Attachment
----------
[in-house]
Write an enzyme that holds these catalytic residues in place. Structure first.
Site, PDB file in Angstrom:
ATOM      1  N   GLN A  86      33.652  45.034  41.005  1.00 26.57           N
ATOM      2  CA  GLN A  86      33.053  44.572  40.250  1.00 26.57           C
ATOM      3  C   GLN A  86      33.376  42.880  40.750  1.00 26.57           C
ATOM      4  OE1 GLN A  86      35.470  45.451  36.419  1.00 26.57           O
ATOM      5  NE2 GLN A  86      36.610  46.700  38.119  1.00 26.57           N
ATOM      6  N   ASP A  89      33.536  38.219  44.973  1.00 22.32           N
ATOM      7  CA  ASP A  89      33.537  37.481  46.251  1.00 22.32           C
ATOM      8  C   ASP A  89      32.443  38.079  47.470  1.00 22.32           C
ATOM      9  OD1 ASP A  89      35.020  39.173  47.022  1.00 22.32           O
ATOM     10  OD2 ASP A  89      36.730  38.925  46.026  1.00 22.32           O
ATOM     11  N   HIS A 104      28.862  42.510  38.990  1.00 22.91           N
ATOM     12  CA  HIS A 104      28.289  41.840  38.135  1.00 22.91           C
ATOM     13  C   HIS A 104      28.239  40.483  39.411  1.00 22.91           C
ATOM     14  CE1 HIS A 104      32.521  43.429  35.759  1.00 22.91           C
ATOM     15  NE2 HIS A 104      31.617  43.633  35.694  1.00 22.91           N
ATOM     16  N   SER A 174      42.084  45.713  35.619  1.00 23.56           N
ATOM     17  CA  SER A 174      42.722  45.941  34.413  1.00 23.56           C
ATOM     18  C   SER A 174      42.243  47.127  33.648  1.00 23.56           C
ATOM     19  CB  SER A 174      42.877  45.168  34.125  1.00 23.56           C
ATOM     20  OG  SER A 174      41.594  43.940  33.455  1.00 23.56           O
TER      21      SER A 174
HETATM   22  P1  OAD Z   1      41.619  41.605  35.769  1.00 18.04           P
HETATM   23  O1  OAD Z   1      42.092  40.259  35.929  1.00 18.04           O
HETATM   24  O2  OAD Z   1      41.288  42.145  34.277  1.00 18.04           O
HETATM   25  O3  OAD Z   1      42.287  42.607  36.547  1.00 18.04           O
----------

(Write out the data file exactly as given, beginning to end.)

[in-house]
Write an enzyme that holds these catalytic residues in place. Structure first.
Site, PDB file in Angstrom:
ATOM      1  N   GLN A  86      33.652  45.034  41.005  1.00 26.57           N
ATOM      2  CA  GLN A  86      33.053  44.572  40.250  1.00 26.57           C
ATOM      3  C   GLN A  86      33.376  42.880  40.750  1.00 26.57           C
ATOM      4  OE1 GLN A  86      35.470  45.451  36.419  1.00 26.57           O
ATOM      5  NE2 GLN A  86      36.610  46.700  38.119  1.00 26.57           N
ATOM      6  N   ASP A  89      33.536  38.219  44.973  1.00 22.32           N
ATOM      7  CA  ASP A  89      33.537  37.481  46.251  1.00 22.32           C
ATOM      8  C   ASP A  89      32.443  38.079  47.470  1.00 22.32           C
ATOM      9  OD1 ASP A  89      35.020  39.173  47.022  1.00 22.32           O
ATOM     10  OD2 ASP A  89      36.730  38.925  46.026  1.00 22.32           O
ATOM     11  N   HIS A 104      28.862  42.510  38.990  1.00 22.91           N
ATOM     12  CA  HIS A 104      28.289  41.840  38.135  1.00 22.91           C
ATOM     13  C   HIS A 104      28.239  40.483  39.411  1.00 22.91           C
ATOM     14  CE1 HIS A 104      32.521  43.429  35.759  1.00 22.91           C
ATOM     15  NE2 HIS A 104      31.617  43.633  35.694  1.00 22.91           N
ATOM     16  N   SER A 174      42.084  45.713  35.619  1.00 23.56           N
ATOM     17  CA  SER A 174      42.722  45.941  34.413  1.00 23.56           C
ATOM     18  C   SER A 174      42.243  47.127  33.648  1.00 23.56           C
ATOM     19  CB  SER A 174      42.877  45.168  34.125  1.00 23.56           C
ATOM     20  OG  SER A 174      41.594  43.940  33.455  1.00 23.56           O
TER      21      SER A 174
HETATM   22  P1  OAD Z   1      41.619  41.605  35.769  1.00 18.04           P
HETATM   23  O1  OAD Z   1      42.092  40.259  35.929  1.00 18.04           O
HETATM   24  O2  OAD Z   1      41.288  42.145  34.277  1.00 18.04           O
HETATM   25  O3  OAD Z   1      42.287  42.607  36.547  1.00 18.04           O